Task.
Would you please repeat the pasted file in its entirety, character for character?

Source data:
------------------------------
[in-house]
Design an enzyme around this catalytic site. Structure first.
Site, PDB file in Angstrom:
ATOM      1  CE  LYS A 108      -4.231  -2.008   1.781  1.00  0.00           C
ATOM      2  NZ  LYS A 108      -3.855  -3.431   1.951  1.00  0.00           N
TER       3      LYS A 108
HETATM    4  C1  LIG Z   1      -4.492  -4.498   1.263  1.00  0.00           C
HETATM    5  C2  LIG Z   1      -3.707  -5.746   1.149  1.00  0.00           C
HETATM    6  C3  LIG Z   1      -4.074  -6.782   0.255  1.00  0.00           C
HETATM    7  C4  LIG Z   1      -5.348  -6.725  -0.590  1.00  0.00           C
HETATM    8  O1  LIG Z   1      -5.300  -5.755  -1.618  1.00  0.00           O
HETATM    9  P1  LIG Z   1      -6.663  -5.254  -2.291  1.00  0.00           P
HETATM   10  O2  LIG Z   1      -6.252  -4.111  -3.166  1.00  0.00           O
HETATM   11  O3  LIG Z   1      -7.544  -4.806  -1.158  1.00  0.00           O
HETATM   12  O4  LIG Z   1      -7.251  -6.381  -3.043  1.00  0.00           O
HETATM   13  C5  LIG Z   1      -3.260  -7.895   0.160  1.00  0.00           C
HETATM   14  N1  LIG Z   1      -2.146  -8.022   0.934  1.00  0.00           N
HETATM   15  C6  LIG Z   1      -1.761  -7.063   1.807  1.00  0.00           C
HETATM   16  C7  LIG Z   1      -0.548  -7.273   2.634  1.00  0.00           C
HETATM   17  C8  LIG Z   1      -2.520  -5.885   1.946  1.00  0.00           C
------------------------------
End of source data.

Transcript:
[in-house]
Design an enzyme around this catalytic site. Structure first.
Site, PDB file in Angstrom:
ATOM      1  CE  LYS A 108      -4.231  -2.008   1.781  1.00  0.00           C
ATOM      2  NZ  LYS A 108      -3.855  -3.431   1.951  1.00  0.00           N
TER       3      LYS A 108
HETATM    4  C1  LIG Z   1      -4.492  -4.498   1.263  1.00  0.00           C
HETATM    5  C2  LIG Z   1      -3.707  -5.746   1.149  1.00  0.00           C
HETATM    6  C3  LIG Z   1      -4.074  -6.782   0.255  1.00  0.00           C
HETATM    7  C4  LIG Z   1      -5.348  -6.725  -0.590  1.00  0.00           C
HETATM    8  O1  LIG Z   1      -5.300  -5.755  -1.618  1.00  0.00           O
HETATM    9  P1  LIG Z   1      -6.663  -5.254  -2.291  1.00  0.00           P
HETATM   10  O2  LIG Z   1      -6.252  -4.111  -3.166  1.00  0.00           O
HETATM   11  O3  LIG Z   1      -7.544  -4.806  -1.158  1.00  0.00           O
HETATM   12  O4  LIG Z   1      -7.251  -6.381  -3.043  1.00  0.00           O
HETATM   13  C5  LIG Z   1      -3.260  -7.895   0.160  1.00  0.00           C
HETATM   14  N1  LIG Z   1      -2.146  -8.022   0.934  1.00  0.00           N
HETATM   15  C6  LIG Z   1      -1.761  -7.063   1.807  1.00  0.00           C
HETATM   16  C7  LIG Z   1      -0.548  -7.273   2.634  1.00  0.00           C
HETATM   17  C8  LIG Z   1      -2.520  -5.885   1.946  1.00  0.00           C